[10] The system employs a full-field initialization. The ocean initial conditions have been produced with NEMOVAR at ECMWF, a multivariate 3D-var data assimilation method for the NEMO ocean model [Weaver et al., 2005, Mogensen et al., 2012, Balmaseda et al., 2012]. Observed three-dimensional temperature and salinity and the sea surface height are assimilated. In particular, the NEMOVAR-ORAS4 five-member ensemble has been used, which is the operational analysis for the new Seasonal forecast system (S4) at ECMWF [Mogensen et al., 2012]. The sea ice conditions have been obtained from NEMO V2 and LIM2 forced by surface fluxes obtained from the Drakkar Forcing Set V4.3 [Brodeau et al., 2010]. The atmosphere and land surface are initialized from ERA40 data [Uppala and coauthors, 2005] before 1989 and ERA-interim [Dee and coauthors, 2011] thereafter. The atmosphere is perturbed using singular vectors to create an ensemble of five members.

2.1.2 The DePreSys System

[11] The Met Office Decadal Prediction System, DePreSys [Smith et al., 2007, 2010], is based on the third Hadley Center coupled global climate model, HadCM3 [Gordon and coauthors, 2000, Pope et al., 2000]. The atmosphere component has 19 vertical levels with a lid at approximately 40 km and a horizontal resolution of 2.5° latitude by 3.75° longitude. The ocean component has a horizontal resolution of 1.25 by 1.25°, and 20 vertical levels with 5 in the upper 50 m, the upper layer being 10 m thick.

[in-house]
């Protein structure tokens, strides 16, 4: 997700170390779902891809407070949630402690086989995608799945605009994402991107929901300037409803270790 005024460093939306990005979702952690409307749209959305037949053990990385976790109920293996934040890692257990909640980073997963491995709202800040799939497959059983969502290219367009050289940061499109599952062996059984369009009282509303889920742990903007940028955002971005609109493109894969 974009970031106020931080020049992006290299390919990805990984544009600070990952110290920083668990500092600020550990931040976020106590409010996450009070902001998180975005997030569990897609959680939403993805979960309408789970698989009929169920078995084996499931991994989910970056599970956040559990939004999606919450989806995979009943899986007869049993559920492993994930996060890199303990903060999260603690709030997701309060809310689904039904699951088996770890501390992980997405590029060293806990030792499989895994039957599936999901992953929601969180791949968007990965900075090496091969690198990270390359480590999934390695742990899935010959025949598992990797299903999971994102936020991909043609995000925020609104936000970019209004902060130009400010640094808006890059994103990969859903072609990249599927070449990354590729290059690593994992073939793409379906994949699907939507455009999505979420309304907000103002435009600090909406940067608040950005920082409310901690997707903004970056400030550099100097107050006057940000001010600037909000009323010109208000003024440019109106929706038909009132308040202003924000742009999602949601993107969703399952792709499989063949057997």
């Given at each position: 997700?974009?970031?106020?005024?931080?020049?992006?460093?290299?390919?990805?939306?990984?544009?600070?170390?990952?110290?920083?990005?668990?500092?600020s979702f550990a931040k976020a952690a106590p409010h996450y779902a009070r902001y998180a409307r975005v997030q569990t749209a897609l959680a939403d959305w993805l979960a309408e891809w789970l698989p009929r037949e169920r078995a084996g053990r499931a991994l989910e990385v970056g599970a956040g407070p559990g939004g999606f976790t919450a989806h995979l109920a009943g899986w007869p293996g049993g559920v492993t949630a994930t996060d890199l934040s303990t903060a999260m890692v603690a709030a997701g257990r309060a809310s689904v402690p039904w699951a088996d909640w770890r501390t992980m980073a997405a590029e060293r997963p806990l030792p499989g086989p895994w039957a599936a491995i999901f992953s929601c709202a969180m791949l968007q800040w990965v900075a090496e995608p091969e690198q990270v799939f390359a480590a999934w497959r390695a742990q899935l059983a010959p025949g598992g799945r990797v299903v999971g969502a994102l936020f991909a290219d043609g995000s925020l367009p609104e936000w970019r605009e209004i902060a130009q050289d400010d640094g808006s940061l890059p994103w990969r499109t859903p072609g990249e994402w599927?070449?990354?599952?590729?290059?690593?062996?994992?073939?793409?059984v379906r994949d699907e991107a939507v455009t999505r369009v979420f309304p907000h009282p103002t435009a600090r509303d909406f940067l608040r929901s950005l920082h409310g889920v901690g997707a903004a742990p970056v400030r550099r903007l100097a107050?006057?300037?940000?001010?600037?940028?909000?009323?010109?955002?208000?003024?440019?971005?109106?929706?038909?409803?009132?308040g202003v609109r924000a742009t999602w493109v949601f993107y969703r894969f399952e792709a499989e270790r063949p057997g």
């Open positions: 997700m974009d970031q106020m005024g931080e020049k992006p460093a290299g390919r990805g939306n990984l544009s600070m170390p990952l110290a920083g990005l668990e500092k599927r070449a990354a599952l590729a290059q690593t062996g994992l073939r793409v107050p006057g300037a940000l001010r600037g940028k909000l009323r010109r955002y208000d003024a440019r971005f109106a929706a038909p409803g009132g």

[12] In order to create initial conditions for hindcasts and forecasts, HadCM3 is run in assimilation mode from December 1958 to the present day, including time-varying radiative forcing from changes in well-mixed trace gases, ozone, sulphate and volcanic aerosol, and solar irradiance. During this integration, the atmosphere and ocean are relaxed towards atmospheric and ocean analyses with a restoring time scale of 3 h in the atmosphere and 6 h in the ocean. The values are assimilated as anomalies with respect to the model climate [see Smith et al., 2010]. The climatological period from which anomalies are computed is 1958 to 2001 for the atmosphere and 1951 to 2006 for the ocean. Atmospheric analyses are taken from ERA-40 [Uppala and coauthors, 2005] and ECMWF operational analyses, while analyses of ocean anomalies are created using an updated version of the scheme developed by Smith and Murphy [2007], based on anomaly covariances calculated from HadCM3, with adjustments to improve the fit to observations. The ensemble consists of 10 members.

2.1.3 The MPI-M Model System

[13] The Hamburg Max Planck Institut für Meteorologie (MPI-M) model version used in this study is the ECHAM5/MPI-OM. The horizontal resolution in the atmosphere is T63 (triangular truncation at wavenumber 63) and 31 layers in the vertical. The ocean model has an average horizontal resolution of 1.5°, but finer around Greenland. It has 40 vertical layers. More details about the same model setup with coarser resolution can be found in Kröger et al. [2012] and references therein.